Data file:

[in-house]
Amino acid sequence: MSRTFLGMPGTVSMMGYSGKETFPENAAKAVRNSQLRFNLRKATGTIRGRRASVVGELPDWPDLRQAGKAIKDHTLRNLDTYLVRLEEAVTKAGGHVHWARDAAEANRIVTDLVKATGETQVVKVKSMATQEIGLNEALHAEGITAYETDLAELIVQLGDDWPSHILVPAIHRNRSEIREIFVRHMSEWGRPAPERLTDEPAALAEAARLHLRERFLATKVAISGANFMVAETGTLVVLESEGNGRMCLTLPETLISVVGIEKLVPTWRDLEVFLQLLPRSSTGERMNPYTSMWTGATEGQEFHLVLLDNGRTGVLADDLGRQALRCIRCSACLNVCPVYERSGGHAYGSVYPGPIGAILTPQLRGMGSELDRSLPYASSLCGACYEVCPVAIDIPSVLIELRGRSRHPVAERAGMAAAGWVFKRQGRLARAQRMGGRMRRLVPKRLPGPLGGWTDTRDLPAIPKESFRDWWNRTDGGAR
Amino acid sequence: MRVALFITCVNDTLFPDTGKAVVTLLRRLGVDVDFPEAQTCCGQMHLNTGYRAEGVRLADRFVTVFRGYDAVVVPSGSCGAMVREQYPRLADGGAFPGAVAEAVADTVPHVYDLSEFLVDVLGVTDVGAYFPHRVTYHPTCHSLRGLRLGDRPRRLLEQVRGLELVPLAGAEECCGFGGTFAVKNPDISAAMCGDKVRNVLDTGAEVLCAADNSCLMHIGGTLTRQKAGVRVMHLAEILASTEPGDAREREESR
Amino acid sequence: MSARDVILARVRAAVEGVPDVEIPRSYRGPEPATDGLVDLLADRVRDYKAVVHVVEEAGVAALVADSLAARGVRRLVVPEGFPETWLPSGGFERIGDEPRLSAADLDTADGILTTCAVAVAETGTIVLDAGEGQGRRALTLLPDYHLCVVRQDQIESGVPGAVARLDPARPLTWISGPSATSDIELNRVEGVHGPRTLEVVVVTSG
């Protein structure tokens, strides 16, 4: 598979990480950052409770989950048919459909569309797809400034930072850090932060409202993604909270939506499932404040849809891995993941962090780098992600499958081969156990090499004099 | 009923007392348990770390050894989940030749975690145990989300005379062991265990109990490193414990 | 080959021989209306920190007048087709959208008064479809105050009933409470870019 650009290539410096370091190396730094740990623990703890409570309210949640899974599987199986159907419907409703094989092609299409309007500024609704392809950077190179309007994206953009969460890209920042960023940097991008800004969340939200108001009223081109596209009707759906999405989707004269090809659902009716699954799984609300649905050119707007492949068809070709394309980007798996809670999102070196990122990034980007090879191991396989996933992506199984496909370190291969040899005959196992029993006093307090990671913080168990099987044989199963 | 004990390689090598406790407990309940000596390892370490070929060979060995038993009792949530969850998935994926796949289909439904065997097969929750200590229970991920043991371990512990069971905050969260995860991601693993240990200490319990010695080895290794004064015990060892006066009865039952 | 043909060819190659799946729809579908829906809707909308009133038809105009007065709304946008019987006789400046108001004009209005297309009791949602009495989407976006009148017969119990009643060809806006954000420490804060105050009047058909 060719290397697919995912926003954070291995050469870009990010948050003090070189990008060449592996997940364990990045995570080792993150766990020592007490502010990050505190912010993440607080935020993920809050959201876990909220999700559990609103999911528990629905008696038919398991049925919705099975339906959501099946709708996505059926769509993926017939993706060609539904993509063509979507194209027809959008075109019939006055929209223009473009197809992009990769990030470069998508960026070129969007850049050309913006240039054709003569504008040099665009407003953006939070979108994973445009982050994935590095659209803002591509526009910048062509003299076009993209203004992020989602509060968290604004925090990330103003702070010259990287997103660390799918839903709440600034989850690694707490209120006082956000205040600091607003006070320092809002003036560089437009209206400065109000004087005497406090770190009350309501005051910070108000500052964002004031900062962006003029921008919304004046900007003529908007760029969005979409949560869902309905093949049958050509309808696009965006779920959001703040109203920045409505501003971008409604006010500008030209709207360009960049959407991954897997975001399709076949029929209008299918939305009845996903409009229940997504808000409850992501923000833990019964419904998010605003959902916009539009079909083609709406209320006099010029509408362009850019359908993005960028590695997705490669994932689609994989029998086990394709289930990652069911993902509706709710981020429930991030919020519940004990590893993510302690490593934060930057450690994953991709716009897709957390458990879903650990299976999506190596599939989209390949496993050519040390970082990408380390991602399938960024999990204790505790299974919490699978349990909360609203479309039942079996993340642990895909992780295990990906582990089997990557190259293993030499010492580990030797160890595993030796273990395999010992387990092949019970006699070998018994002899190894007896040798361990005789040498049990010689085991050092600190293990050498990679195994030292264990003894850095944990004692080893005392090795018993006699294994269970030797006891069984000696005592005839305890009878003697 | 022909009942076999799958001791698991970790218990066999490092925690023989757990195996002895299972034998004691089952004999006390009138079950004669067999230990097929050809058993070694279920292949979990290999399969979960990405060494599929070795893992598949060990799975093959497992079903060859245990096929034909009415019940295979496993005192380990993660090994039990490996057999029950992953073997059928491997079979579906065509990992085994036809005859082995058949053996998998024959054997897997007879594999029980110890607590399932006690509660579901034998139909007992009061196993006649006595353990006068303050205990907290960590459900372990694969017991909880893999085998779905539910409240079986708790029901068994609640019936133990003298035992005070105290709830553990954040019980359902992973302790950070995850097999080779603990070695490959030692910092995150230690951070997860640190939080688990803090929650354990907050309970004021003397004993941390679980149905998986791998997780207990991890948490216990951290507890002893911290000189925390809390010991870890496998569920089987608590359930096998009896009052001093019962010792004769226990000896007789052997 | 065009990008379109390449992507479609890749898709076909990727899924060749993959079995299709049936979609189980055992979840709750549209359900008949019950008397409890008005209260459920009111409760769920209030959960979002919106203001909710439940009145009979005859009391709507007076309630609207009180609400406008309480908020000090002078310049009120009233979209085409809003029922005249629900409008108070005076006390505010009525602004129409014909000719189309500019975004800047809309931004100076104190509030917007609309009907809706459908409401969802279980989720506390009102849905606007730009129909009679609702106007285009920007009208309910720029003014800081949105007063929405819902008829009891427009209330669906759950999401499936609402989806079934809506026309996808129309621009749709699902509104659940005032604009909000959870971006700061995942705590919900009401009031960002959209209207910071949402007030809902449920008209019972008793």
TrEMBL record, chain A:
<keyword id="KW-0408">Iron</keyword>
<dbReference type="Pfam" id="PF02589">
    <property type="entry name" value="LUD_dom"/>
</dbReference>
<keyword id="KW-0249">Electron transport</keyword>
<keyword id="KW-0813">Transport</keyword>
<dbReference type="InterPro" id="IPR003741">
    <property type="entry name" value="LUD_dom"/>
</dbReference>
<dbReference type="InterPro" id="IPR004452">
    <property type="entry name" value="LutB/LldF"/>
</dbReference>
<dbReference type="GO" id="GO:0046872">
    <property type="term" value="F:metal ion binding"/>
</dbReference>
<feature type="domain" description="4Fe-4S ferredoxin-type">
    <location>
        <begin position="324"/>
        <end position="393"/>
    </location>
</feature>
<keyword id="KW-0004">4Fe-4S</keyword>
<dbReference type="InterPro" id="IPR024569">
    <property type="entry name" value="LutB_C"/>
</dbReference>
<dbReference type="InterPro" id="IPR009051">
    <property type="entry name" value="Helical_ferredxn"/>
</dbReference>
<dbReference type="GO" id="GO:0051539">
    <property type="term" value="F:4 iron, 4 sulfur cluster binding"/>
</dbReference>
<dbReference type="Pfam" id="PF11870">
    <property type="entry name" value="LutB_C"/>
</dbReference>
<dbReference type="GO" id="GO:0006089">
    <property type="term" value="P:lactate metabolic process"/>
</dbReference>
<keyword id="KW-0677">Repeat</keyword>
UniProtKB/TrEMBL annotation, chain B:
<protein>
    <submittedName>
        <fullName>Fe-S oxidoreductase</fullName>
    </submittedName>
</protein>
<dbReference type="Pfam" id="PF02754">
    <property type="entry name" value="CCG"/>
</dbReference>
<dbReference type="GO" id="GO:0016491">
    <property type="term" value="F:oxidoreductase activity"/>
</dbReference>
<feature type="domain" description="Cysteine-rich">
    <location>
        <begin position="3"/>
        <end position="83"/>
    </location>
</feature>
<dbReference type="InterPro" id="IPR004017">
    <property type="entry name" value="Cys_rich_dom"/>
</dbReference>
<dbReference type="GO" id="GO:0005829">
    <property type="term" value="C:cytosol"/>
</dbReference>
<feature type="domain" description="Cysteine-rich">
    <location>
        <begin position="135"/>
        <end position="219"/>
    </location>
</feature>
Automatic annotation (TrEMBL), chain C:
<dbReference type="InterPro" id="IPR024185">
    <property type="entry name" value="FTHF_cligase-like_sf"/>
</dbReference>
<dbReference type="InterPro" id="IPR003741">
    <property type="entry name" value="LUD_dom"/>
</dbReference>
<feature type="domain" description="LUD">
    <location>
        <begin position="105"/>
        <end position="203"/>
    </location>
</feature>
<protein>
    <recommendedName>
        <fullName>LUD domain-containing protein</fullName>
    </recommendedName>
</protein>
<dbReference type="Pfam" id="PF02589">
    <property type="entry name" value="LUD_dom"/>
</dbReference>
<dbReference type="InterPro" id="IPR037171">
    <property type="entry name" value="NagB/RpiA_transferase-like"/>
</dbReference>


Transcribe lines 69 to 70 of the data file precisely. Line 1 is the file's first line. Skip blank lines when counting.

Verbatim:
<feature type="domain" description="Cysteine-rich">
    <location>